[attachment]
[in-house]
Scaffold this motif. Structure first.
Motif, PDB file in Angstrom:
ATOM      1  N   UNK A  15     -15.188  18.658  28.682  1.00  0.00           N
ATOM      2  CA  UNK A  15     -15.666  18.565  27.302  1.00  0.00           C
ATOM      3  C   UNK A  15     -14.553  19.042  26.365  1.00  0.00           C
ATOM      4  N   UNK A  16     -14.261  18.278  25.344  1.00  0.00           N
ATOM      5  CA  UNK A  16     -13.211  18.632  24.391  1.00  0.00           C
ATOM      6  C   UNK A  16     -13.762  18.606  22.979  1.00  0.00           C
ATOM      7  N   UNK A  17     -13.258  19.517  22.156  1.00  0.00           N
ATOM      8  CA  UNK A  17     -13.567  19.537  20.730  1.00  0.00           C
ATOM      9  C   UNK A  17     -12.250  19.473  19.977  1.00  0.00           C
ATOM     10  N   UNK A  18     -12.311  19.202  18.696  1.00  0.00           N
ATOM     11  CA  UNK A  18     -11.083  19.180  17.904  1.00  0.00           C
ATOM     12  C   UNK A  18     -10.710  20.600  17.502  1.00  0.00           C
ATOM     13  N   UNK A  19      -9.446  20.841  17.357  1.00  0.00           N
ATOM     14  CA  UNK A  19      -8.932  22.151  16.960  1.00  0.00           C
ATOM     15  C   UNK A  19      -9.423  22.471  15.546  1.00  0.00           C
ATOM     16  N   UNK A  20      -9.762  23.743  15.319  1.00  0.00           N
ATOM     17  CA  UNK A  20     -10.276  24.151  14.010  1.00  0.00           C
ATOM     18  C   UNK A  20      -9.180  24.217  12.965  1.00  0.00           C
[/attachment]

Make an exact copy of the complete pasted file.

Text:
[in-house]
Scaffold this motif. Structure first.
Motif, PDB file in Angstrom:
ATOM      1  N   UNK A  15     -15.188  18.658  28.682  1.00  0.00           N
ATOM      2  CA  UNK A  15     -15.666  18.565  27.302  1.00  0.00           C
ATOM      3  C   UNK A  15     -14.553  19.042  26.365  1.00  0.00           C
ATOM      4  N   UNK A  16     -14.261  18.278  25.344  1.00  0.00           N
ATOM      5  CA  UNK A  16     -13.211  18.632  24.391  1.00  0.00           C
ATOM      6  C   UNK A  16     -13.762  18.606  22.979  1.00  0.00           C
ATOM      7  N   UNK A  17     -13.258  19.517  22.156  1.00  0.00           N
ATOM      8  CA  UNK A  17     -13.567  19.537  20.730  1.00  0.00           C
ATOM      9  C   UNK A  17     -12.250  19.473  19.977  1.00  0.00           C
ATOM     10  N   UNK A  18     -12.311  19.202  18.696  1.00  0.00           N
ATOM     11  CA  UNK A  18     -11.083  19.180  17.904  1.00  0.00           C
ATOM     12  C   UNK A  18     -10.710  20.600  17.502  1.00  0.00           C
ATOM     13  N   UNK A  19      -9.446  20.841  17.357  1.00  0.00           N
ATOM     14  CA  UNK A  19      -8.932  22.151  16.960  1.00  0.00           C
ATOM     15  C   UNK A  19      -9.423  22.471  15.546  1.00  0.00           C
ATOM     16  N   UNK A  20      -9.762  23.743  15.319  1.00  0.00           N
ATOM     17  CA  UNK A  20     -10.276  24.151  14.010  1.00  0.00           C
ATOM     18  C   UNK A  20      -9.180  24.217  12.965  1.00  0.00           C